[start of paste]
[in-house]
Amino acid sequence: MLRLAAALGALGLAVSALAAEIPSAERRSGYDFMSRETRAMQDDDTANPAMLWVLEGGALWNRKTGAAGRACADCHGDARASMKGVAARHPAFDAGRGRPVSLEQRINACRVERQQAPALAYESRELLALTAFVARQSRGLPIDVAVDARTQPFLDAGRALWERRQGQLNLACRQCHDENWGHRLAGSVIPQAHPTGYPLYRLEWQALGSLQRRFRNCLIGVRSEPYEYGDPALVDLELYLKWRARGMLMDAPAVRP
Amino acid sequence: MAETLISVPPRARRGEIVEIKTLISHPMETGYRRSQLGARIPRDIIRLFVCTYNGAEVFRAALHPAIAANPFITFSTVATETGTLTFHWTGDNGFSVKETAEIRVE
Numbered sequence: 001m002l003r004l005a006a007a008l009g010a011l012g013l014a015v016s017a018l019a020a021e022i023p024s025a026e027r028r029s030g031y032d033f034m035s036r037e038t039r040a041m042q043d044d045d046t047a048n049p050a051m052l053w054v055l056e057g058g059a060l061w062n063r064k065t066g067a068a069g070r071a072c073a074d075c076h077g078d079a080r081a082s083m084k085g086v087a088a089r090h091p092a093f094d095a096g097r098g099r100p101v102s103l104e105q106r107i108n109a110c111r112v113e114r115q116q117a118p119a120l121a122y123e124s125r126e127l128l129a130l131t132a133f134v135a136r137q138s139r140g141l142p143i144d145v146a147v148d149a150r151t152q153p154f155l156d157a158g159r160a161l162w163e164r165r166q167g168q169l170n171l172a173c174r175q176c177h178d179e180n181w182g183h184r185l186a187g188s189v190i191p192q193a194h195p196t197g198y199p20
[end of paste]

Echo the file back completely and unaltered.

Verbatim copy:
[in-house]
Amino acid sequence: MLRLAAALGALGLAVSALAAEIPSAERRSGYDFMSRETRAMQDDDTANPAMLWVLEGGALWNRKTGAAGRACADCHGDARASMKGVAARHPAFDAGRGRPVSLEQRINACRVERQQAPALAYESRELLALTAFVARQSRGLPIDVAVDARTQPFLDAGRALWERRQGQLNLACRQCHDENWGHRLAGSVIPQAHPTGYPLYRLEWQALGSLQRRFRNCLIGVRSEPYEYGDPALVDLELYLKWRARGMLMDAPAVRP
Amino acid sequence: MAETLISVPPRARRGEIVEIKTLISHPMETGYRRSQLGARIPRDIIRLFVCTYNGAEVFRAALHPAIAANPFITFSTVATETGTLTFHWTGDNGFSVKETAEIRVE
Numbered sequence: 001m002l003r004l005a006a007a008l009g010a011l012g013l014a015v016s017a018l019a020a021e022i023p024s025a026e027r028r029s030g031y032d033f034m035s036r037e038t039r040a041m042q043d044d045d046t047a048n049p050a051m052l053w054v055l056e057g058g059a060l061w062n063r064k065t066g067a068a069g070r071a072c073a074d075c076h077g078d079a080r081a082s083m084k085g086v087a088a089r090h091p092a093f094d095a096g097r098g099r100p101v102s103l104e105q106r107i108n109a110c111r112v113e114r115q116q117a118p119a120l121a122y123e124s125r126e127l128l129a130l131t132a133f134v135a136r137q138s139r140g141l142p143i144d145v146a147v148d149a150r151t152q153p154f155l156d157a158g159r160a161l162w163e164r165r166q167g168q169l170n171l172a173c174r175q176c177h178d179e180n181w182g183h184r185l186a187g188s189v190i191p192q193a194h195p196t197g198y199p20